Maria Arena, Chair of the European Parliament’s Subcommittee on Human Rights, has urged the Indian government to conduct a “prompt, thorough, independent and impartial investigation into all human rights violations committed by law enforcement officials.” This was part of a recent statement released by Arena expressing concern over deteriorating rule of law in India and urging the government to walk the talk on human rights.
Arena says, “It is with great concern that I have been observing the rule of law deteriorate in India.” Her statement further explains the cause of her concerns, “Marginalised communities, religious minorities, particularly Muslims, a vocal and vibrant civil society and critics of government policies have been under increasing pressure for a long time. Widespread protests over the proposed citizenship verification process and the discriminatory citizenship law amendments have resulted in arbitrary detentions and an unnecessary loss of life.” She adds, “Journalists and other peaceful critics continue to be arrested under draconian counter-terrorism and sedition laws, while human rights defenders are unceasingly and severely targeted by the authorities.”
Mentioning Amnesty International, a human rights organisation that has often found itself in a vindictive regime’s crosshairs, Arena said, “An investigation carried out by Amnesty International India has unveiled grave human rights violations committed by the Delhi police during the February 2020 Delhi Riots. In the absence of action by India’s authorities since the outbreak of the violence, I strongly support the call for a prompt, thorough, independent and impartial investigation into all human rights violations committed by law enforcement officials.” Arena further says, “There should also be a fully independent, public and transparent inquiry into the role of the police in failing to prevent the violence that broke out and even aiding it. Fighting impunity and promoting justice is the only way to stop and prevent police brutality. Most recently and very worryingly, Amnesty International India has been forced to announce that it is halting its work in India due to government reprisals.”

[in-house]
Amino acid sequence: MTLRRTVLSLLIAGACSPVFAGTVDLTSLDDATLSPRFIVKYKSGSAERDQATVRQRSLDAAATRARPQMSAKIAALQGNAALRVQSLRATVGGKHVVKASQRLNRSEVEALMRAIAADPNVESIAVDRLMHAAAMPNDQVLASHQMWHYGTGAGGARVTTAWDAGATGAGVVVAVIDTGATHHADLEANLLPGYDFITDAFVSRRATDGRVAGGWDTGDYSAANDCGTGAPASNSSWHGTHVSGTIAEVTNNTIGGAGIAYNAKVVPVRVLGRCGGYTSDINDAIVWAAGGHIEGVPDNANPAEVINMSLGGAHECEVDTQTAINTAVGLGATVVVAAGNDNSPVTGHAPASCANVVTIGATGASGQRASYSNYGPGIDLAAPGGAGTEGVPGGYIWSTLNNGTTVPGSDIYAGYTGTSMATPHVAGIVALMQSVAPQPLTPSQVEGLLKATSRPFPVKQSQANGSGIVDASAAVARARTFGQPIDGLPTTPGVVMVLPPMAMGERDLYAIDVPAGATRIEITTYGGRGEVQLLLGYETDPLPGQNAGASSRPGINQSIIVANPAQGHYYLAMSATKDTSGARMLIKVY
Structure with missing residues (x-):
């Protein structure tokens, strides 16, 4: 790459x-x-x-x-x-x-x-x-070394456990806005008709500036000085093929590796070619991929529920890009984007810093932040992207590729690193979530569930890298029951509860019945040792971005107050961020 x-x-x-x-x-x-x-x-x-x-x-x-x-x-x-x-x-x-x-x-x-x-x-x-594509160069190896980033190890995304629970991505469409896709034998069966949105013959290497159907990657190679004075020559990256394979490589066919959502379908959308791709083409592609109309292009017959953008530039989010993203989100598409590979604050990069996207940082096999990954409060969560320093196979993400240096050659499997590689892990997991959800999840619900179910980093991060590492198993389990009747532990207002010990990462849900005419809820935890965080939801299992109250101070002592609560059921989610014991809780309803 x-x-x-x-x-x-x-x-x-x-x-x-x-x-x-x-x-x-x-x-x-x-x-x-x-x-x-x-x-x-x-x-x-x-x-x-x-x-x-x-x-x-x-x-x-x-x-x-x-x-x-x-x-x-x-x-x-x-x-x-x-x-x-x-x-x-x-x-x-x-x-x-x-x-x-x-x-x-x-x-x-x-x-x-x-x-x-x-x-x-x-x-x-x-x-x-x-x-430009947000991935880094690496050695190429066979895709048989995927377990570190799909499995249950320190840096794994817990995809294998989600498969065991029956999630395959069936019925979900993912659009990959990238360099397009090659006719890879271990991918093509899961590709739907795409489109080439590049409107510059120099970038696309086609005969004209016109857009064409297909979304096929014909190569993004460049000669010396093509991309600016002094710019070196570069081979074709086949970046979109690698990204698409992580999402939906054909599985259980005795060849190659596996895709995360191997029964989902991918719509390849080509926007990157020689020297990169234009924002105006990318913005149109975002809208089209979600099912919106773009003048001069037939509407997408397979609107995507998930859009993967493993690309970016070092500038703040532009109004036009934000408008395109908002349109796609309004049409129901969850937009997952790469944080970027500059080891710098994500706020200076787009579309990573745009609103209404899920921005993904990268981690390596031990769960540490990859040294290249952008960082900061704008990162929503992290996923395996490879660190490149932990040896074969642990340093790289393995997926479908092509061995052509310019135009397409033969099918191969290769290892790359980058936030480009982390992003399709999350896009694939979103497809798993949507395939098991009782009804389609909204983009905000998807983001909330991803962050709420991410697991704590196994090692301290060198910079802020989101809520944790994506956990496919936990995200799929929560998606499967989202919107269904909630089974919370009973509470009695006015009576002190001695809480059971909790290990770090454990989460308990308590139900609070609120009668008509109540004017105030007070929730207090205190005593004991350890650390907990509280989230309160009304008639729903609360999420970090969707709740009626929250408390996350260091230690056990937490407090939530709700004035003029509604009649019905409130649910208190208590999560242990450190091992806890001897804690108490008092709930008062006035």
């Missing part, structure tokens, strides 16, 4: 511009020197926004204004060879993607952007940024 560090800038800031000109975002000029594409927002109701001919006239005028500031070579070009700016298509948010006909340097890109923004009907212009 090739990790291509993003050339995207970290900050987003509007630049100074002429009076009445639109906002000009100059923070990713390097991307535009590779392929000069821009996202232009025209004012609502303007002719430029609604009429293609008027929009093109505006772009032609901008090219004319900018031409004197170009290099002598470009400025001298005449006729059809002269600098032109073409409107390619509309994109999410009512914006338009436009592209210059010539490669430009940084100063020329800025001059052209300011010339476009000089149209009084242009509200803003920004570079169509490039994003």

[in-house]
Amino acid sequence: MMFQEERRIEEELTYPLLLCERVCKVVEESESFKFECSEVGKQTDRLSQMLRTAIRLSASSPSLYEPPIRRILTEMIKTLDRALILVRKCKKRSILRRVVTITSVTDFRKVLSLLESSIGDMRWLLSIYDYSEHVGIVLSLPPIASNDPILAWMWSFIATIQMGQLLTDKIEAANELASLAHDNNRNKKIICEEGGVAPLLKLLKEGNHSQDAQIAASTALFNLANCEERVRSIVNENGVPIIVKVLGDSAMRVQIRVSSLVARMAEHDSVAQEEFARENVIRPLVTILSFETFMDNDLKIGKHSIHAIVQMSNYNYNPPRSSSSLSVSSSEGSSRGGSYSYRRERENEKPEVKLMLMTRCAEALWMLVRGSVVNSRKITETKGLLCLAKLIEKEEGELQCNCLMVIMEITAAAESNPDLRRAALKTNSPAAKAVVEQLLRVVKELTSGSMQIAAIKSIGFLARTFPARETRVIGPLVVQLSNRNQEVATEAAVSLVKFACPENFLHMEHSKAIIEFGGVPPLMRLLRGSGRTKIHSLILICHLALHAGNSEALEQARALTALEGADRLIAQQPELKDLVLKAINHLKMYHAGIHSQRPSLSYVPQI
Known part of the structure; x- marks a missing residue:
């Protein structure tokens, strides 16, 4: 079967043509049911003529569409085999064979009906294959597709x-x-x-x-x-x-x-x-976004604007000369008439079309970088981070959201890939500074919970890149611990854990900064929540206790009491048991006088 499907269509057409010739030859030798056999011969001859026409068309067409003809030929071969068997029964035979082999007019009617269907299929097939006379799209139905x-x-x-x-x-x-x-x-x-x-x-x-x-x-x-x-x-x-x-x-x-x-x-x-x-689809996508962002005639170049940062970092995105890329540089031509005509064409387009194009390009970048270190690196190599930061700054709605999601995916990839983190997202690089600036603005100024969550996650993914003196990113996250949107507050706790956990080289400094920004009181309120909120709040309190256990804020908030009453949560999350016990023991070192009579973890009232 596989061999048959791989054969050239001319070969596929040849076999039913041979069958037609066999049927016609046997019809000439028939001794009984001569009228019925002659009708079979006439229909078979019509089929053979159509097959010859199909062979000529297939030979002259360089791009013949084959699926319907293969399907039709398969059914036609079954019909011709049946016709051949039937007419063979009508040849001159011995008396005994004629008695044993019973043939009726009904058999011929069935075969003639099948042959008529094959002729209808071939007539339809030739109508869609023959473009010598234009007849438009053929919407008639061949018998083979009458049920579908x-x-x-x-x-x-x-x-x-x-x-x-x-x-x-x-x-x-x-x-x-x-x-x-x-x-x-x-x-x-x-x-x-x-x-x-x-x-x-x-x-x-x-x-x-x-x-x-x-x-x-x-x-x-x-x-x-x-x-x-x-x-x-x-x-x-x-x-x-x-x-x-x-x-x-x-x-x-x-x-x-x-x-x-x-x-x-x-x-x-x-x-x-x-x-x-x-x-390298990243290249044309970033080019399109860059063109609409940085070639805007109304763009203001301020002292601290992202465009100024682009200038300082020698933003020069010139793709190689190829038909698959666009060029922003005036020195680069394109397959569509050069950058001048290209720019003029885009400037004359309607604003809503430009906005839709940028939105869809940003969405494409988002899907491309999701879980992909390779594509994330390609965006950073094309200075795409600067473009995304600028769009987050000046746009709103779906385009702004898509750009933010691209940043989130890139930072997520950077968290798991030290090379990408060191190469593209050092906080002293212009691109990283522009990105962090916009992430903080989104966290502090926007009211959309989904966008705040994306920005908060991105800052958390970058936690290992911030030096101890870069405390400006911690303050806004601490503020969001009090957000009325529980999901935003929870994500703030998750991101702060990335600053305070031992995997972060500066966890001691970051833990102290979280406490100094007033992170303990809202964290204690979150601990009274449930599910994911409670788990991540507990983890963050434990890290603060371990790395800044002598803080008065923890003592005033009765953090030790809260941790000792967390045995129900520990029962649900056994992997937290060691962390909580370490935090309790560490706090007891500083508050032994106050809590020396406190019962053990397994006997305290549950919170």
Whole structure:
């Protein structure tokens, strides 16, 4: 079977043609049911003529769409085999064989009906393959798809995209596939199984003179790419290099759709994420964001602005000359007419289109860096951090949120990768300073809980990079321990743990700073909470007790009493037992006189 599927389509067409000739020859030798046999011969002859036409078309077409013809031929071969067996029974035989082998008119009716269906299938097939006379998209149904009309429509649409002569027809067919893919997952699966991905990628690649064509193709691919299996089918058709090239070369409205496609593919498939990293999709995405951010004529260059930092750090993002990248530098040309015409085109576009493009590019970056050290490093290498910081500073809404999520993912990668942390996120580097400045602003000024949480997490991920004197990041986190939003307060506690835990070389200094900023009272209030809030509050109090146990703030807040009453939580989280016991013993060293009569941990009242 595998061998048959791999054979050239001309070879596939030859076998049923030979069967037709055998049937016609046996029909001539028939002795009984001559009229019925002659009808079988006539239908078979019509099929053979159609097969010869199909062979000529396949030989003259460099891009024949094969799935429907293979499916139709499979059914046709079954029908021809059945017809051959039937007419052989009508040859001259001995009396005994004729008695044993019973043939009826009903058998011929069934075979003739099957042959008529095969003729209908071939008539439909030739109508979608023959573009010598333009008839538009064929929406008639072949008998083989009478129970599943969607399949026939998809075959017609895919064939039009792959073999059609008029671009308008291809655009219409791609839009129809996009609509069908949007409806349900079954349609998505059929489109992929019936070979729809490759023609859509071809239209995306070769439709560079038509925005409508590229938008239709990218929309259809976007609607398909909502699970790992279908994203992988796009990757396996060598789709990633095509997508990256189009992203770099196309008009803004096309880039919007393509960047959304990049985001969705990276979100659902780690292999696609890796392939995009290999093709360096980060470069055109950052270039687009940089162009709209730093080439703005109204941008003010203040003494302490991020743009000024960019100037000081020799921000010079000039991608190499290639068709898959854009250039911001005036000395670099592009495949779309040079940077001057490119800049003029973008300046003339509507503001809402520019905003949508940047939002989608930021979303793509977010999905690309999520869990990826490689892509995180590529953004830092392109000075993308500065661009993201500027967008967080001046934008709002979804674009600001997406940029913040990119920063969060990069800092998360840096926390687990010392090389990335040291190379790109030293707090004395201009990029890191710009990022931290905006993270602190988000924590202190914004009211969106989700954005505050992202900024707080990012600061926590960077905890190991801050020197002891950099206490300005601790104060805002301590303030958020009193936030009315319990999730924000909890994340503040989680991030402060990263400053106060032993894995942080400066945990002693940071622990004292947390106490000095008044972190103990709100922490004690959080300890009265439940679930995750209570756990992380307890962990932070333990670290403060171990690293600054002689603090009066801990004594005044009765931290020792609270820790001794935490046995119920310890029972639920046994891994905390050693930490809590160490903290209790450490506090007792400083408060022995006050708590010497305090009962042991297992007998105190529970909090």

Reminding India of its commitments to upholding international human rights conventions, the statement says, “As a sitting member of the Human Rights Council, India has pledged to ‘continue to foster the genuine participation and effective involvement of civil society in the promotion and protection of human rights.’ Therefore, I call on the Indian government to meet this pledge, in a manner worthy of the global role model it aspires to be. It is high time for India to translate words into action. In this context, I also wish to call on the EU to address these concerns within the EU-India Human Rights Dialogue.”
The entire statement may be read here.
Previous concerns raised by the European Parliament
This is not the first time the European Parliament has raised concerns about India. On May 28, this year, Arena had written to Indian Home Minister Amit Shah raising serious concerns about the manner in which human rights activists, peaceful protesters and sundry dissenters were being thrown behind bars and being silenced using provisions of the draconian Unlawful Activities Prevention Act (UAPA).
In that letter, Arena had said, “To date, the European Parliament has noticed that various forms of legitimate peaceful protests against laws, policies and governmental actions, including the Citizenship Amendment Act, have been portrayed as terrorist activities under this legislation, resulting in a number of arrests under this umbrella. This is notably the case for human rights activists such as Safoora Zargar, Gulfisha Fatima, Khalid Saifi, Meeran Haider, Shifa-Ur-Rehman, Dr Kafeel Khan; Asif Iqbal and Sharjeel Imam who were recently arrested by the Police.”
Elaborating on the concerns regarding UAPA the letter had stated, “Indeed, the vague definition of ‘unlawful activities’ and ‘membership of terrorist organisations’ could allow for wide discretion by the government in applying the law. Such a process would substantially weaken judicial oversight and the protection of civil liberties in the country. Consequently, we strongly believe that measures should be urgently taken to stop impeding and criminalising the work of human rights defenders by means of overly broad national security legislation and to respect their freedoms of association and expression.”